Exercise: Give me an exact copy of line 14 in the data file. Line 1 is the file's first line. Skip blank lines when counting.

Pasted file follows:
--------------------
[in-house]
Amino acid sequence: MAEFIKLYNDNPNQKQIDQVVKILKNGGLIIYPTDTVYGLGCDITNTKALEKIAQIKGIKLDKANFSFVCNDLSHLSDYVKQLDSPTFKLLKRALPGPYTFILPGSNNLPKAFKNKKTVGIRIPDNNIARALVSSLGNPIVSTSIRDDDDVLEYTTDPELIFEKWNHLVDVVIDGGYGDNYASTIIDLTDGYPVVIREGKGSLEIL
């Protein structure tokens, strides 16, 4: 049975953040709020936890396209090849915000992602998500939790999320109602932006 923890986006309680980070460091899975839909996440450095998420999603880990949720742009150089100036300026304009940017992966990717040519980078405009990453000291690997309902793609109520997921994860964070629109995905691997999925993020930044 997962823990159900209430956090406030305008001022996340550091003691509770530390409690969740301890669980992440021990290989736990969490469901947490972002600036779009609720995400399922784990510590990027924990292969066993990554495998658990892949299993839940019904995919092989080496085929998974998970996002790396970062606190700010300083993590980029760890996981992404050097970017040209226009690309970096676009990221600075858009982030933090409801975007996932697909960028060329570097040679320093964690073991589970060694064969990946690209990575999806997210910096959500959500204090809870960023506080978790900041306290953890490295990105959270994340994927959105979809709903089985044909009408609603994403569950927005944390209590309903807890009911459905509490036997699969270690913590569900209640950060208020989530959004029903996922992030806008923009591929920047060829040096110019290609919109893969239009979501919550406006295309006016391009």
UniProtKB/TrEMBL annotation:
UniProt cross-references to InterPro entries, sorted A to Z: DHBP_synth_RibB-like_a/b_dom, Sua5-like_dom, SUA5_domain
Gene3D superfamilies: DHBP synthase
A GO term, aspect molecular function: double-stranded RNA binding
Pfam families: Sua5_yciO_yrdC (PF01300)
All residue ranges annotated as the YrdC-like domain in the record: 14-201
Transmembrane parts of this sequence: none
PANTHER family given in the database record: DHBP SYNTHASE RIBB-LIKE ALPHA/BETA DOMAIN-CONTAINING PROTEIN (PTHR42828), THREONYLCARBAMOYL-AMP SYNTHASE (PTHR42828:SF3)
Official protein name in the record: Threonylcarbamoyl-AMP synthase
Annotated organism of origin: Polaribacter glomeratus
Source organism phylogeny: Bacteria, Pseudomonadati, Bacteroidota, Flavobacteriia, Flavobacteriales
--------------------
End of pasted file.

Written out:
Source organism phylogeny: Bacteria, Pseudomonadati, Bacteroidota, Flavobacteriia, Flavobacteriales